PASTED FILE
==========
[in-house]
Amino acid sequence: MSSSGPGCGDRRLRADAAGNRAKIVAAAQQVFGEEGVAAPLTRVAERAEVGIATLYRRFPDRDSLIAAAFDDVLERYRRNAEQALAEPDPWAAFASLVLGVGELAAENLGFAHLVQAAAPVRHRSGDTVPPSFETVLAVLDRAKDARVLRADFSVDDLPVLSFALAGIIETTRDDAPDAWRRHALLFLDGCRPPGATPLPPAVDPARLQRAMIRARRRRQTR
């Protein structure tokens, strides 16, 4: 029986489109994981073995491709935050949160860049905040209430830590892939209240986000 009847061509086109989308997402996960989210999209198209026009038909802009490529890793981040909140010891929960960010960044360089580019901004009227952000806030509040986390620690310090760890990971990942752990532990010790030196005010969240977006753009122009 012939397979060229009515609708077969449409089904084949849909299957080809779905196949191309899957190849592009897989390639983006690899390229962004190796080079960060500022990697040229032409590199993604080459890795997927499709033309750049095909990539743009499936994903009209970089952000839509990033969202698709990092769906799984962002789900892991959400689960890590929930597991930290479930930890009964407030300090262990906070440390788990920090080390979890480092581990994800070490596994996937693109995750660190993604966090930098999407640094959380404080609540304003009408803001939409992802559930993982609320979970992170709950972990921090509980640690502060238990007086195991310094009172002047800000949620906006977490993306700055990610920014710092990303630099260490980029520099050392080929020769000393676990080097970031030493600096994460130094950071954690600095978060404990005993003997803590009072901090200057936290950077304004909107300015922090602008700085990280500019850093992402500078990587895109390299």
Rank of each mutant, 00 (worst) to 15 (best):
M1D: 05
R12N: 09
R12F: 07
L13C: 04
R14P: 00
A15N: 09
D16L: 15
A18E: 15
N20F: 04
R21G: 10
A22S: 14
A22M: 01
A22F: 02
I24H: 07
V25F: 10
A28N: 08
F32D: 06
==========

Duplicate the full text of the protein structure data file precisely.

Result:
[in-house]
Amino acid sequence: MSSSGPGCGDRRLRADAAGNRAKIVAAAQQVFGEEGVAAPLTRVAERAEVGIATLYRRFPDRDSLIAAAFDDVLERYRRNAEQALAEPDPWAAFASLVLGVGELAAENLGFAHLVQAAAPVRHRSGDTVPPSFETVLAVLDRAKDARVLRADFSVDDLPVLSFALAGIIETTRDDAPDAWRRHALLFLDGCRPPGATPLPPAVDPARLQRAMIRARRRRQTR
């Protein structure tokens, strides 16, 4: 029986489109994981073995491709935050949160860049905040209430830590892939209240986000 009847061509086109989308997402996960989210999209198209026009038909802009490529890793981040909140010891929960960010960044360089580019901004009227952000806030509040986390620690310090760890990971990942752990532990010790030196005010969240977006753009122009 012939397979060229009515609708077969449409089904084949849909299957080809779905196949191309899957190849592009897989390639983006690899390229962004190796080079960060500022990697040229032409590199993604080459890795997927499709033309750049095909990539743009499936994903009209970089952000839509990033969202698709990092769906799984962002789900892991959400689960890590929930597991930290479930930890009964407030300090262990906070440390788990920090080390979890480092581990994800070490596994996937693109995750660190993604966090930098999407640094959380404080609540304003009408803001939409992802559930993982609320979970992170709950972990921090509980640690502060238990007086195991310094009172002047800000949620906006977490993306700055990610920014710092990303630099260490980029520099050392080929020769000393676990080097970031030493600096994460130094950071954690600095978060404990005993003997803590009072901090200057936290950077304004909107300015922090602008700085990280500019850093992402500078990587895109390299």
Rank of each mutant, 00 (worst) to 15 (best):
M1D: 05
R12N: 09
R12F: 07
L13C: 04
R14P: 00
A15N: 09
D16L: 15
A18E: 15
N20F: 04
R21G: 10
A22S: 14
A22M: 01
A22F: 02
I24H: 07
V25F: 10
A28N: 08
F32D: 06